#1
Hi, I purchased a new guitar recently, it's an Ibanez RG450, and I've been noticing that the E string makes a very sour note if you lift off of it. It's not really a sour note, it's more like a really bad feedback sound. I would live with it, but it's extremely noticeable. So if I repeatedly play a powerchord on 3, 5, 5, and lift off to mute it, I will get that sound.
Does anyone have any suggestions to fix this? Is it an issue with the strings (as everything on this guitar is new), or is it just a technique problem (which I've been working on, as I now play seriously)

Thanks a lot!

By the way, I don't think it's the amp, because I just got a Mustang II, and it does it on that amp too!

I don't keep the gain up that high, either.
#2
The harmonic by the third fret is ringing when you're lifting your fingers off. Assuming you're using your first, third and fourth fingers to play the power chord, add your middle finger next to the first when muting.
"Air created the greenness. And once you've got something, that leads to otherness." - Karl Pilkington.
#3
Quote by Lavatain
The harmonic by the third fret is ringing when you're lifting your fingers off. Assuming you're using your first, third and fourth fingers to play the power chord, add your middle finger next to the first when muting.


Yes that helps, thanks. It's a little awkward for now, but I'm a quick learner.

Is this more or less noticeable on different guitars?
#4
It's odd that you'd notice it on one guitar and not the other. Try it on the other one, it might just be more obvious on the new guitar. If it has pickups with more output that'll be a contributing factor. Could be the pickup height, could be the newer strings, could be lower string action.

Too many factors to say what it is, but there'll be multiple ways to get your technique to play smoothly and the only way to improve that is to keep practicing!
"Air created the greenness. And once you've got something, that leads to otherness." - Karl Pilkington.
#5
Quote by ploxxies
Yes that helps, thanks. It's a little awkward for now, but I'm a quick learner.

Is this more or less noticeable on different guitars?


probably, yea. it'd depend a bit on how nicely the guitar handles harmonics.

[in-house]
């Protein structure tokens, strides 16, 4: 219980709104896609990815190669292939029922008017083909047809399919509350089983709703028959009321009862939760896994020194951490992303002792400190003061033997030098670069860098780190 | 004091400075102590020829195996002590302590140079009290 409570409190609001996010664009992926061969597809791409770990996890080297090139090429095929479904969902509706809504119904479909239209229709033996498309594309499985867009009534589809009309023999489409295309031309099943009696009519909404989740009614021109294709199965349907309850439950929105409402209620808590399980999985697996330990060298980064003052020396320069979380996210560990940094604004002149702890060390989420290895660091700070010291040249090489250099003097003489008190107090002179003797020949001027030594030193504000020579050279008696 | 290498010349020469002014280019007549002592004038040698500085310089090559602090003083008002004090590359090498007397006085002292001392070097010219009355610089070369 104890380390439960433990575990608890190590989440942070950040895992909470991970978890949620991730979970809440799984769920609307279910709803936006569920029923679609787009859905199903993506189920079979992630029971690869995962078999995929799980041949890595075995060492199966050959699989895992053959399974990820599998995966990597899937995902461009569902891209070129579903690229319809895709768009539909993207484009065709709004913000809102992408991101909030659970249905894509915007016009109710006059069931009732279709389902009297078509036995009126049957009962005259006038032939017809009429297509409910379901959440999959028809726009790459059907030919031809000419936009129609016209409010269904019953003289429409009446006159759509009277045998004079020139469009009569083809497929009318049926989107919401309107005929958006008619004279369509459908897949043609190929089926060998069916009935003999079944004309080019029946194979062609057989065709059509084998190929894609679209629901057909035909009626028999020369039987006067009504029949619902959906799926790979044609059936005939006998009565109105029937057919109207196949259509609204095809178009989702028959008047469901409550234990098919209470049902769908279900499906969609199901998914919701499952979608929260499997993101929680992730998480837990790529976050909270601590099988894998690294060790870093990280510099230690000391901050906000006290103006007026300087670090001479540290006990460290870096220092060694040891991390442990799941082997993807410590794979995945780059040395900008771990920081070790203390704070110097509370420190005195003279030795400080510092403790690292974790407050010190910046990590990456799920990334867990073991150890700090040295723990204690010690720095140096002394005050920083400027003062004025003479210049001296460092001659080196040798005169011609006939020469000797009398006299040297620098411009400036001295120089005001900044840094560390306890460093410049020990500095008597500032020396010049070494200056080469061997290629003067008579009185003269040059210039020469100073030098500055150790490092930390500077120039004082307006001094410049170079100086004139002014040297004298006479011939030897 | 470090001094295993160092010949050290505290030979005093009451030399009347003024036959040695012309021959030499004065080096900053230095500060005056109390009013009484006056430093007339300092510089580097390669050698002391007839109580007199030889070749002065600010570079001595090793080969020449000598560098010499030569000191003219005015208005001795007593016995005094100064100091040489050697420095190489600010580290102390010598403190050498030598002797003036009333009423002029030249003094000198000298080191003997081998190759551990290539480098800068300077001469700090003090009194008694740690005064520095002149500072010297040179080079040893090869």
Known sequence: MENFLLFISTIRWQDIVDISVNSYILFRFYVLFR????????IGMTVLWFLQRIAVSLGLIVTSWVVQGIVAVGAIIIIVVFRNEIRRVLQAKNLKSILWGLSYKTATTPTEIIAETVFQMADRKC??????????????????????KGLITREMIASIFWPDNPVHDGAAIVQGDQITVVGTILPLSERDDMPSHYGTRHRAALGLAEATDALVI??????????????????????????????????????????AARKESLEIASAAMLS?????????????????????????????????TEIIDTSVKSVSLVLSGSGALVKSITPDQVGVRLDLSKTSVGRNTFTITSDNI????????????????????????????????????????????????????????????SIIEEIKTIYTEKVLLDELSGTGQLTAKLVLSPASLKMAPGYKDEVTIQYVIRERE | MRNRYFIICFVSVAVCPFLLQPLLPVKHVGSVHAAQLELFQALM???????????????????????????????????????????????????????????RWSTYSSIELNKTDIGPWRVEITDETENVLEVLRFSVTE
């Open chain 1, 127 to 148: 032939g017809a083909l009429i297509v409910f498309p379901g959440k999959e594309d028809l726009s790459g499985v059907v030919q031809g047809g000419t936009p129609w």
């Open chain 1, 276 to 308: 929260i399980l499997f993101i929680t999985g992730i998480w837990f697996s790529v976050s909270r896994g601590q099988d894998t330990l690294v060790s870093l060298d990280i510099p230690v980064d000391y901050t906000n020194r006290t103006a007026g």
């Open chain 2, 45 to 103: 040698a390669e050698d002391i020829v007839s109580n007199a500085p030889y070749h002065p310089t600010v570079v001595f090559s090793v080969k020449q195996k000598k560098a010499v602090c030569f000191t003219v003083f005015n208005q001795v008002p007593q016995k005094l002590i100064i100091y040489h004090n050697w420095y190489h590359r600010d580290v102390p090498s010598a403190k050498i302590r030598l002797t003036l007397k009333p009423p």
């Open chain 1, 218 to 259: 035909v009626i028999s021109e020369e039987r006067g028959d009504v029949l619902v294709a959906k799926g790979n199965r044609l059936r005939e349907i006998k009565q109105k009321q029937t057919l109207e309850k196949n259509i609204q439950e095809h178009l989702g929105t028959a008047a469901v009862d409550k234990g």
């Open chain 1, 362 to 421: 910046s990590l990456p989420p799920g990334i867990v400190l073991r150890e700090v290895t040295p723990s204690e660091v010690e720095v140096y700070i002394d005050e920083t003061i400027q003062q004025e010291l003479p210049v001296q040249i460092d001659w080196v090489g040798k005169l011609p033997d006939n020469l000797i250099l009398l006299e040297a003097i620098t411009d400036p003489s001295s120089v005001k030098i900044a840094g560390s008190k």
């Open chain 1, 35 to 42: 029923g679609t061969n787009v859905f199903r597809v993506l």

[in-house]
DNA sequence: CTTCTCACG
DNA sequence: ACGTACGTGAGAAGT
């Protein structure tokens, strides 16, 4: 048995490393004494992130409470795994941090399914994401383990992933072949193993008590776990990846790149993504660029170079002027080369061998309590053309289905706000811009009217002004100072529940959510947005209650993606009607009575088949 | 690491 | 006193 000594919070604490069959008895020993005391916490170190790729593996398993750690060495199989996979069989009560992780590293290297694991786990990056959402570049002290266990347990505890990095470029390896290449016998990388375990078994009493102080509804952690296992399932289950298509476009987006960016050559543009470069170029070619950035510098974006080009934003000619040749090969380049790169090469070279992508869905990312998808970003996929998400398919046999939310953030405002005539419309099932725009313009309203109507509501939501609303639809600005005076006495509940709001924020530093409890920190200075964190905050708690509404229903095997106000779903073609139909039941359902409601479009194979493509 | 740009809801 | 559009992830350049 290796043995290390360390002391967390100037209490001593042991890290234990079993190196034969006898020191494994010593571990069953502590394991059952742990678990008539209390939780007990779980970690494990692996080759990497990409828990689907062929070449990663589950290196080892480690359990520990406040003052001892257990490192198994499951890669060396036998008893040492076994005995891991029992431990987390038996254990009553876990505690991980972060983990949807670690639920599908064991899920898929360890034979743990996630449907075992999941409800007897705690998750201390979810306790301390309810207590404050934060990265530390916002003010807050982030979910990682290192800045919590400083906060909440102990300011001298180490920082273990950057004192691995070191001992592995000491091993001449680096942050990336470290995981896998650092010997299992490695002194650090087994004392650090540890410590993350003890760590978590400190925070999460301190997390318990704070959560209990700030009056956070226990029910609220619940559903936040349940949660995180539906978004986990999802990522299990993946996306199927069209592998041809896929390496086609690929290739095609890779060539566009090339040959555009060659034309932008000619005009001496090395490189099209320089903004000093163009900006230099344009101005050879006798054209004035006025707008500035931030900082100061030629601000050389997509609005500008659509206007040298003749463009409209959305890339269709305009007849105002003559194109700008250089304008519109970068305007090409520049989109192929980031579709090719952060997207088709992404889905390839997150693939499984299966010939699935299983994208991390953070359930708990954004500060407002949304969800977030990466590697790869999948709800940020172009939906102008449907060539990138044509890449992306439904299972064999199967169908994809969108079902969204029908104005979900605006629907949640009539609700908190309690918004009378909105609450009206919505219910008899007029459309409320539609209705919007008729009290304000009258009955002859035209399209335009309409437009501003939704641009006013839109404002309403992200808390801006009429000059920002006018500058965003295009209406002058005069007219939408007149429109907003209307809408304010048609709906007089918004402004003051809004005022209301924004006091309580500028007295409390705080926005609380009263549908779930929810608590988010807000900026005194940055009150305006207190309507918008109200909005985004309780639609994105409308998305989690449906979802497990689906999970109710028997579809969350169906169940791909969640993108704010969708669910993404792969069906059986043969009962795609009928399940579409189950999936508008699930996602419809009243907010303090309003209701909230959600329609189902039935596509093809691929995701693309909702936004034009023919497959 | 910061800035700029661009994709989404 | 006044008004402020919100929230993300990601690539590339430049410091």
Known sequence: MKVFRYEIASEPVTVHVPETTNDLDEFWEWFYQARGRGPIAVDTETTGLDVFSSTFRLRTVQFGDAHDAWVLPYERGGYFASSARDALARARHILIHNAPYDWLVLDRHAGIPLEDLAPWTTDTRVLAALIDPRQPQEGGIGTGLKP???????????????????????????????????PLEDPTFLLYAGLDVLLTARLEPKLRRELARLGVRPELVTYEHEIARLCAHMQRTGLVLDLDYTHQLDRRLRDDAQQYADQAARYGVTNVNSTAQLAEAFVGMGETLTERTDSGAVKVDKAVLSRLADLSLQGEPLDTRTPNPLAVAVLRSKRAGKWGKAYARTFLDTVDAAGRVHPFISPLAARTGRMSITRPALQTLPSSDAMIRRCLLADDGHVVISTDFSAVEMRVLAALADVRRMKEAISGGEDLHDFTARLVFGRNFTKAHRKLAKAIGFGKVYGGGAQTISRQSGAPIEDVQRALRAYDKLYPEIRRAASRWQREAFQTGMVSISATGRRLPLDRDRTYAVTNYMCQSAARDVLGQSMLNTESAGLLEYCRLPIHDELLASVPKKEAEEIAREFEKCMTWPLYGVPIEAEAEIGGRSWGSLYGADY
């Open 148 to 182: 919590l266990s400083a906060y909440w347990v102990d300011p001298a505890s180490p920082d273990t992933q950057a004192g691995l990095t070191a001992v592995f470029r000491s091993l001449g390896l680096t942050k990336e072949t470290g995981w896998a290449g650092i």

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#6
Quote by Lavatain
It's odd that you'd notice it on one guitar and not the other. Try it on the other one, it might just be more obvious on the new guitar. If it has pickups with more output that'll be a contributing factor. Could be the pickup height, could be the newer strings, could be lower string action.

Too many factors to say what it is, but there'll be multiple ways to get your technique to play smoothly and the only way to improve that is to keep practicing!


I was playing on a Squire lmao. This guitar does have a lot of built in gain, and lower string action (may need to be adjusted, because it sometimes rattles).

Thanks to both of you for your answers!
#7
I'd actually say that this is fairly normal. It sounds like you have a higher output guitar. As a result, when you make mistakes (and, not to be unkind, but letting harmonics sound when you lift off the string is a mistake); it will be more noticeable. As Lavatain suggested, adjust your technique to prevent the harmonic from sounding.

I guess I'm a bit more conscious of things like this myself, because I do have a guitar with active pickups. However, it's something all guitarists probably encounter when going from a lower-ish output pickups to a guitar with higher output pickups.
#8
Quote by crazysam23_Atax
I'd actually say that this is fairly normal. It sounds like you have a higher output guitar. As a result, when you make mistakes (and, not to be unkind, but letting harmonics sound when you lift off the string is a mistake); it will be more noticeable. As Lavatain suggested, adjust your technique to prevent the harmonic from sounding.

I guess I'm a bit more conscious of things like this myself, because I do have a guitar with active pickups. However, it's something all guitarists probably encounter when going from a lower-ish output pickups to a guitar with higher output pickups.


Thanks for the input. Like I said, I'm trying to work on my technique a lot! Hopefully I'll get used to it